Such a phenomenon was observed, to an degree, in our analyses. For the 142-parameter cell cycle model, samples were taken; for the equivalent sampling density in the 27-parameter NFB model, only 9 samples would be needed. Since the cost of each sample in the NFB model was significantly less, we were actually able to take samples. Despite this, both the sampling and optimisation techniques found that the cell cycle model was less robust to small variations in parameter values than the NFB model, though in smaller parameter spaces, the optimisation technique outperformed the sampling technique (Figure 2).
In theory, the use of a properly tuned optimisation algorithm such as Particle Swarm to search the sensitivity space of a model should be more efficient at finding global optima than a random search. However, the use of such an algorithm reveals only the bounds for parameter sensitivities; the sampling approach offers a richer picture of the distribution of sensitivities, from which substantial information can be obtained, if interpretation is done with care. In addition, the easily-parallelizible nature of the sampling-based technique enabled us to fully exploit our powerful Condor high-throughput computing pool. For the optimisation-based technique, each optimisation can be run in parallel, but unless the number of optimisations approaches the number of computing nodes, the parallel nature of the pool will not be fully exploited. Whether one technique is more suitable than another will depend on aspects such as the dimensionality of the model, and whether a distributed computing platform is available for use.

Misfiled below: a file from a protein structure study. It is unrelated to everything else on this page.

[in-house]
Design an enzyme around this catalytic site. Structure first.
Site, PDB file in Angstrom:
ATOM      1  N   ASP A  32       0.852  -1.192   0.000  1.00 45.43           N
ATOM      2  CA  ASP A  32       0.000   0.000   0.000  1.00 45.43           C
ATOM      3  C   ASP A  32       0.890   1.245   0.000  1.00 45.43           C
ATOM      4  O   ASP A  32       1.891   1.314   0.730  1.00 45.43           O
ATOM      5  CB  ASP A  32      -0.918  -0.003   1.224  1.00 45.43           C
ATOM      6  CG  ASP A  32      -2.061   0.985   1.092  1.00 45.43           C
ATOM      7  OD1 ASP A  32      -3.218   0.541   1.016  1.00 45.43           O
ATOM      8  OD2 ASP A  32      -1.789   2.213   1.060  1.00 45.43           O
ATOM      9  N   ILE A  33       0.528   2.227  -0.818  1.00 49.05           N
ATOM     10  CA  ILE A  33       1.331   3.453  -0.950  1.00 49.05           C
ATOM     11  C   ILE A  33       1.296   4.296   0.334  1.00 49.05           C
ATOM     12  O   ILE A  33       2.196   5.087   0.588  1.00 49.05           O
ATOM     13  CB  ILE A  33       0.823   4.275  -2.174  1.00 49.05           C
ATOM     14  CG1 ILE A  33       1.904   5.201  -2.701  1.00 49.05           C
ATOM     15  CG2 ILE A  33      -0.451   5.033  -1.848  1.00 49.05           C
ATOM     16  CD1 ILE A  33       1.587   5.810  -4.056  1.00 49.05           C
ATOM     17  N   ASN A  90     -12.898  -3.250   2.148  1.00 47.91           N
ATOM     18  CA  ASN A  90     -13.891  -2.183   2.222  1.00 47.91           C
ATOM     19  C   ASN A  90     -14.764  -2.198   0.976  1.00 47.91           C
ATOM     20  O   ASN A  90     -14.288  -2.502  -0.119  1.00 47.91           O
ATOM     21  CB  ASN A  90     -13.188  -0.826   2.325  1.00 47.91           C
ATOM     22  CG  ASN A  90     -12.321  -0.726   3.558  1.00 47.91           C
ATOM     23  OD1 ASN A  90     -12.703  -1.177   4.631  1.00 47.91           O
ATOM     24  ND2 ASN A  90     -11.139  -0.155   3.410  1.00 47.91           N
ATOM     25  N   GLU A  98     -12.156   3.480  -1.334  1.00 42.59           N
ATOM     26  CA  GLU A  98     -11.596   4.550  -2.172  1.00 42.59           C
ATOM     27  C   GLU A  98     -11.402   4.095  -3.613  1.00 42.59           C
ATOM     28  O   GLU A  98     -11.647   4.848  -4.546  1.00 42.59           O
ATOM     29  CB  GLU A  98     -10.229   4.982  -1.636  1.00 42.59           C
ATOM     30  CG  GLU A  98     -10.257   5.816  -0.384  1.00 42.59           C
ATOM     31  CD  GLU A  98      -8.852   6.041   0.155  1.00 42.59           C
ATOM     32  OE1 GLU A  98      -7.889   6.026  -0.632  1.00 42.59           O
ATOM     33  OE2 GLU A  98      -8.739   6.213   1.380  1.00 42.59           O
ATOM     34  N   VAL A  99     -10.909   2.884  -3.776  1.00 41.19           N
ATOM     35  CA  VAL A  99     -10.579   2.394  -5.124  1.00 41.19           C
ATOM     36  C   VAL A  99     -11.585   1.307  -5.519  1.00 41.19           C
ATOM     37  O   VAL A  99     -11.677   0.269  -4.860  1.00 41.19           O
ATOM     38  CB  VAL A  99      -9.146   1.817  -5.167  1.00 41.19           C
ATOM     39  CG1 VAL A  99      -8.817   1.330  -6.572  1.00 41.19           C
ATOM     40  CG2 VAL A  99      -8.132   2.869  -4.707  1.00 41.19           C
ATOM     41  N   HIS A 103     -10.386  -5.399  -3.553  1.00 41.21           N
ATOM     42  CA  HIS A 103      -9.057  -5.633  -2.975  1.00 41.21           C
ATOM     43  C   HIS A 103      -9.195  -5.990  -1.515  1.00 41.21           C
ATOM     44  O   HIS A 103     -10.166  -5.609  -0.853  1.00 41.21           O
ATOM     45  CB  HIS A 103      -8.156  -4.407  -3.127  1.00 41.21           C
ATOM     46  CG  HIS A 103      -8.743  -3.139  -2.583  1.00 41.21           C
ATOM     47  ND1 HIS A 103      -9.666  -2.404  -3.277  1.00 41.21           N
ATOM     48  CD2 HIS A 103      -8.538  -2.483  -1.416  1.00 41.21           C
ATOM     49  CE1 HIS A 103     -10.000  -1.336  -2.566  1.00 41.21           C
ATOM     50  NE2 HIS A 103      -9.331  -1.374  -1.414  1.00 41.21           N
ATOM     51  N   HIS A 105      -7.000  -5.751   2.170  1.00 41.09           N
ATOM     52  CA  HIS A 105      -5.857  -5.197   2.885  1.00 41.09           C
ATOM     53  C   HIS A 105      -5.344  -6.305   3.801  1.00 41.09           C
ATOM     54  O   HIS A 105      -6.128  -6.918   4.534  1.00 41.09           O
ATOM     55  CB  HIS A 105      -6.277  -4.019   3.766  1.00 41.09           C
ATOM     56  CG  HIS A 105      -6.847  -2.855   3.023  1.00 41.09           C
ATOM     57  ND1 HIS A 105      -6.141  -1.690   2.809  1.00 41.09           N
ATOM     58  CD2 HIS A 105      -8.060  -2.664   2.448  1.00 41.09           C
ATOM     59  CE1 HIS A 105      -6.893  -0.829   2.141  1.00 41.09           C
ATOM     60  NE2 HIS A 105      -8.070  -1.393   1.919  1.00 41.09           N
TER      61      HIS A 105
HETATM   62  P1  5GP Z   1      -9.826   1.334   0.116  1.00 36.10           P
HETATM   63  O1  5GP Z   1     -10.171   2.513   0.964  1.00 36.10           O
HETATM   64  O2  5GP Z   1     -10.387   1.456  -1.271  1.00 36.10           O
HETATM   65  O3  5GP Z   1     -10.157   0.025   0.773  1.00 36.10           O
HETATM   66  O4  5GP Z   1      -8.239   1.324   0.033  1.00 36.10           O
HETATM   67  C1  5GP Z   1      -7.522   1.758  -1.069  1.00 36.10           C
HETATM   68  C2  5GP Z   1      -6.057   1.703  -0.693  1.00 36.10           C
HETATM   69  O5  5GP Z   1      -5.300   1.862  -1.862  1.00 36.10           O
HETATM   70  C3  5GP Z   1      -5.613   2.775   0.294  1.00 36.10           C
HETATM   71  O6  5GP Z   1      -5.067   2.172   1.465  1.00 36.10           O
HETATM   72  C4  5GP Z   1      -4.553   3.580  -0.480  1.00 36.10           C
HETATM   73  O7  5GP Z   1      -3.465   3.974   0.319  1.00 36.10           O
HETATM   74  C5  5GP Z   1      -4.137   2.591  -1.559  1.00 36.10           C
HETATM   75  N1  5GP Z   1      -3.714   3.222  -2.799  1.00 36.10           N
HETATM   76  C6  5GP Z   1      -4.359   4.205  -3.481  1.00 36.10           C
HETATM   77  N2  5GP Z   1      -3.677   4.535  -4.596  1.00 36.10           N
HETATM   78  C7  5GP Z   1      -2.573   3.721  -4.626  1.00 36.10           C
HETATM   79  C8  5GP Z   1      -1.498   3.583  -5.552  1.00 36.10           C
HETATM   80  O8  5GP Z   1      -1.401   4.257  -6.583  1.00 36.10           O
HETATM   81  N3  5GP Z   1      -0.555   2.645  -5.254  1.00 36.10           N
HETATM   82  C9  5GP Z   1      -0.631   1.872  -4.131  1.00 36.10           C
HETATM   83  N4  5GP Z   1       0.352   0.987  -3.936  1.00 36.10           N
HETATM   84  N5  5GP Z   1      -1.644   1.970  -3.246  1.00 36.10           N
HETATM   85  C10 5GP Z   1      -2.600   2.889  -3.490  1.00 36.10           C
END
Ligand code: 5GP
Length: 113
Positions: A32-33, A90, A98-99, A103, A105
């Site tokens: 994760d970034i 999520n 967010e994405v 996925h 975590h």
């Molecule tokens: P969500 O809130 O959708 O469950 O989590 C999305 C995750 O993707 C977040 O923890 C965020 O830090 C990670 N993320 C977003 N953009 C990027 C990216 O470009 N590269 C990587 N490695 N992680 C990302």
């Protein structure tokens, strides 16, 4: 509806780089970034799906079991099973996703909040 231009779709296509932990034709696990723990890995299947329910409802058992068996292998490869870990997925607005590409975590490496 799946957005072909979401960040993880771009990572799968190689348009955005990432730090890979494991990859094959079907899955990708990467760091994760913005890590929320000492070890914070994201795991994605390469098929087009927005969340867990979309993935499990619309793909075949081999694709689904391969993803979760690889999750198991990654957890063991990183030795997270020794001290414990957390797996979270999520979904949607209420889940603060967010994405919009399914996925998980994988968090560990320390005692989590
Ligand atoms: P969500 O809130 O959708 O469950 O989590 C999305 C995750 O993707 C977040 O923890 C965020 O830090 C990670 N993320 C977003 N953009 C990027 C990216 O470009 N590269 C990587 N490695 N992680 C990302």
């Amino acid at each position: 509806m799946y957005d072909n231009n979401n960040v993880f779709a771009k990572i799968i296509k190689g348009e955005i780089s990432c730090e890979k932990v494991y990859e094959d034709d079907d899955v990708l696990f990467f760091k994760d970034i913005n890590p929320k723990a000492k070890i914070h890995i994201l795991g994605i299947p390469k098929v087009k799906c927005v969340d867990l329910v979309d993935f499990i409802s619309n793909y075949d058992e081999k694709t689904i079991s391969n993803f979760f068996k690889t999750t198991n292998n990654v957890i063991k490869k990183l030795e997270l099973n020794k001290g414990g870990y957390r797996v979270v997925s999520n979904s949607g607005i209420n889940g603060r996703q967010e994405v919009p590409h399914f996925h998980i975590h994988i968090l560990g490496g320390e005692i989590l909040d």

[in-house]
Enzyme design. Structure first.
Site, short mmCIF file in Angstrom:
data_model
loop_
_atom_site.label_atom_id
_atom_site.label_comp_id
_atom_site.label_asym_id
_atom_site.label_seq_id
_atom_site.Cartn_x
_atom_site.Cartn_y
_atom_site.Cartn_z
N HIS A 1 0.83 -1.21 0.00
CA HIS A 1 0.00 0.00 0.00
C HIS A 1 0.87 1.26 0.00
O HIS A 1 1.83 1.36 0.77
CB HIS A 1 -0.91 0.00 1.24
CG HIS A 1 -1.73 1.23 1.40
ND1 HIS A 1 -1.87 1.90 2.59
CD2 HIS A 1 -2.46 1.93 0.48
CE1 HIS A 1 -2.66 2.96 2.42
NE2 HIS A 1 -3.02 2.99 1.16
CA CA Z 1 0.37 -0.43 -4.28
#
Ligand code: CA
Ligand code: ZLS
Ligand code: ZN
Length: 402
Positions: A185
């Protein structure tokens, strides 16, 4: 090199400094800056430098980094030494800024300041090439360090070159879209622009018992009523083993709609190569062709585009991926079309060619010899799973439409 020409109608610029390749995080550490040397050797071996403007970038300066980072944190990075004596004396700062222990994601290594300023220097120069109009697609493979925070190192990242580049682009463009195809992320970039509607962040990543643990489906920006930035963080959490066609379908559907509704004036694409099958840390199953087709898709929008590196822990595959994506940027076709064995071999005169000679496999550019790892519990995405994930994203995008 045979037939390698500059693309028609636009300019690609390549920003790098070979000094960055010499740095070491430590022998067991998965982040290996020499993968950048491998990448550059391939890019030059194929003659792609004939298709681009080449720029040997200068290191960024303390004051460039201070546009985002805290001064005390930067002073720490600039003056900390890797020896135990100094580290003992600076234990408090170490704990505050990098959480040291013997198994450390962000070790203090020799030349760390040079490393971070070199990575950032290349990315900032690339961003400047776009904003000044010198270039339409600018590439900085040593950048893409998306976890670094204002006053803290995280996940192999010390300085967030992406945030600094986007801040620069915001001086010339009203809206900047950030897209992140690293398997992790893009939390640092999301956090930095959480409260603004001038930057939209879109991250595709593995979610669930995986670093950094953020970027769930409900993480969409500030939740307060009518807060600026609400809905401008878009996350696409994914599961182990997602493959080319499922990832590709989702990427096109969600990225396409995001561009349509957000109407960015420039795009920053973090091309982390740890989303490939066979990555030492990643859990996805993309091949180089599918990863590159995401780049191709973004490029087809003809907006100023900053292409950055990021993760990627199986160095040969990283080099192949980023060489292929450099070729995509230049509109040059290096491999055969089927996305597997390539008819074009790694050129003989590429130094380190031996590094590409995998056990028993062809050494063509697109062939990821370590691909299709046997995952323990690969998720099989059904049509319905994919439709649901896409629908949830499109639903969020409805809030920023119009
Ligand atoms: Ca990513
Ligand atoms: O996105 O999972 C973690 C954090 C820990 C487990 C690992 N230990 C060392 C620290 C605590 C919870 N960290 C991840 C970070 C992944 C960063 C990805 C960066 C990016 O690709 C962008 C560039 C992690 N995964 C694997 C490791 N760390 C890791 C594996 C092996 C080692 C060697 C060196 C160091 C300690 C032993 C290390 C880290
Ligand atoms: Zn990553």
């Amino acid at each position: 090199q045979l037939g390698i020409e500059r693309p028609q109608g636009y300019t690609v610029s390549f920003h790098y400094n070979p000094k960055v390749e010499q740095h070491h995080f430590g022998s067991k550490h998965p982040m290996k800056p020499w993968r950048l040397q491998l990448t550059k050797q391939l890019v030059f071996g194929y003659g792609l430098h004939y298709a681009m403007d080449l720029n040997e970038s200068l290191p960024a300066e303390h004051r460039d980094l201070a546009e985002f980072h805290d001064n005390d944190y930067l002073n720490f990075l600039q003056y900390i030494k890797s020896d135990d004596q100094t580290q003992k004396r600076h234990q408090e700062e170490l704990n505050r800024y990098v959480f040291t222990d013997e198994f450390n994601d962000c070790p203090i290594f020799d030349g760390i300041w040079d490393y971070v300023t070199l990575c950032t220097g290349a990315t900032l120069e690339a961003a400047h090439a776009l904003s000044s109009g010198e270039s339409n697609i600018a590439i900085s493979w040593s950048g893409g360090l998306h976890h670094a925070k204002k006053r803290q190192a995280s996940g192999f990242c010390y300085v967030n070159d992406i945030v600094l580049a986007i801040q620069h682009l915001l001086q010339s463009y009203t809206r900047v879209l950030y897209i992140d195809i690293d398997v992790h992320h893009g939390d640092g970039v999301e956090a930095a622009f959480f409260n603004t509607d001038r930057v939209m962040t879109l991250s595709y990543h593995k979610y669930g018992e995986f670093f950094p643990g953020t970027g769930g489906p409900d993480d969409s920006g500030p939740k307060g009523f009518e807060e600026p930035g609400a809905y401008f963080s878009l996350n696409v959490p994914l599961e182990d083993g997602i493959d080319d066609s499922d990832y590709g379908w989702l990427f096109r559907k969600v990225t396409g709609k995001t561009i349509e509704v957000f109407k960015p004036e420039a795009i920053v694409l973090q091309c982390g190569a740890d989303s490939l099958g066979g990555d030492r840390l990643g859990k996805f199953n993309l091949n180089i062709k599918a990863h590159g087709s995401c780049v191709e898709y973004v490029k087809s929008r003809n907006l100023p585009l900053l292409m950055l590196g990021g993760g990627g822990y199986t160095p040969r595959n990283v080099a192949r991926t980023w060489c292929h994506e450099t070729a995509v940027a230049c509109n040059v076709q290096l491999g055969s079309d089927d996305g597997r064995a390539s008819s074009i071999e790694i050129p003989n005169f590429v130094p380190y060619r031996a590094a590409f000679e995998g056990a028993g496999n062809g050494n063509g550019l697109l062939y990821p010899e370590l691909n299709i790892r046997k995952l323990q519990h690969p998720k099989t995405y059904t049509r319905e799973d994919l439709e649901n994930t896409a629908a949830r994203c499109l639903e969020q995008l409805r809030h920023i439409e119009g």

Global sensitivity analysis is a methodology that allows the study of how perturbations in each parameter affect the properties of a model. In contrast to the more common local sensitivity analysis, the global version allows for large changes in parameter values. The results of these investigations reveal which parameters are sensitive and therefore should be determined with precision. If the real value of a parameter with high sensitivity is estimated poorly in a model then this could have strong consequences on the behaviour of the model, whereas if the parameter had a low sensitivity, determining an accurate value would be less important. By increasing the size of the parameter variation, we are able to see a model go from a single pattern of control (that of the reference system) to many potential patterns (at different nominal values of parameters, but all within the range of variation). We argue that the amount of variation at which the pattern of control becomes uncertain is a measure of robustness of one or more outputs of the entire system.